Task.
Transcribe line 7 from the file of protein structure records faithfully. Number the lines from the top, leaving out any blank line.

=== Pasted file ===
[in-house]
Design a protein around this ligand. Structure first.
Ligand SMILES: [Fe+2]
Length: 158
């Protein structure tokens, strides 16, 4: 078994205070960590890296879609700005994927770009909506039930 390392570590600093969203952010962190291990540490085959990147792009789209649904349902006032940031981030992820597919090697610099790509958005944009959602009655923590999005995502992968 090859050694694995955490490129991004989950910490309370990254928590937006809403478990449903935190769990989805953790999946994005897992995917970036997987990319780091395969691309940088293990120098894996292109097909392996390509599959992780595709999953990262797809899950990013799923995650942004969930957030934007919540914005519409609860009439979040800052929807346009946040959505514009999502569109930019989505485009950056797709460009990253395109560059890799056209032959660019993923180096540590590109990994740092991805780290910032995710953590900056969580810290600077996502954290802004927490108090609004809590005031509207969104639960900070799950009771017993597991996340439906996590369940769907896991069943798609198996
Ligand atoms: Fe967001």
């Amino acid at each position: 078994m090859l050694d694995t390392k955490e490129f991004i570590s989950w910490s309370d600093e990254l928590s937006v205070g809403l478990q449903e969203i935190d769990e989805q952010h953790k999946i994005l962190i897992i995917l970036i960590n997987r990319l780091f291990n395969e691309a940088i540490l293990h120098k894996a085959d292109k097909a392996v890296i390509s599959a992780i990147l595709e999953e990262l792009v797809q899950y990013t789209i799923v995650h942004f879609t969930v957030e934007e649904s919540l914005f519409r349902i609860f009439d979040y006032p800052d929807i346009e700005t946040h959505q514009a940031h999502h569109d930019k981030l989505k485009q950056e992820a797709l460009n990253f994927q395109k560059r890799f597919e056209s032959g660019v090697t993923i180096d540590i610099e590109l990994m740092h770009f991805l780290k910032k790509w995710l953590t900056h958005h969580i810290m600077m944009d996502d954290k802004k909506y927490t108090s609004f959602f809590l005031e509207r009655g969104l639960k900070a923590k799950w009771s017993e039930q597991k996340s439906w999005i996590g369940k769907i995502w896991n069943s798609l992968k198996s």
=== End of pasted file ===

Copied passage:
């Amino acid at each position: 078994m090859l050694d694995t390392k955490e490129f991004i570590s989950w910490s309370d600093e990254l928590s937006v205070g809403l478990q449903e969203i935190d769990e989805q952010h953790k999946i994005l962190i897992i995917l970036i960590n997987r990319l780091f291990n395969e691309a940088i540490l293990h120098k894996a085959d292109k097909a392996v890296i390509s599959a992780i990147l595709e999953e990262l792009v797809q899950y990013t789209i799923v995650h942004f879609t969930v957030e934007e649904s919540l914005f519409r349902i609860f009439d979040y006032p800052d929807i346009e700005t946040h959505q514009a940031h999502h569109d930019k981030l989505k485009q950056e992820a797709l460009n990253f994927q395109k560059r890799f597919e056209s032959g660019v090697t993923i180096d540590i610099e590109l990994m740092h770009f991805l780290k910032k790509w995710l953590t900056h958005h969580i810290m600077m944009d996502d954290k802004k909506y927490t108090s609004f959602f809590l005031e509207r009655g969104l639960k900070a923590k799950w009771s017993e039930q597991k996340s439906w999005i996590g369940k769907i995502w896991n069943s798609l992968k198996s």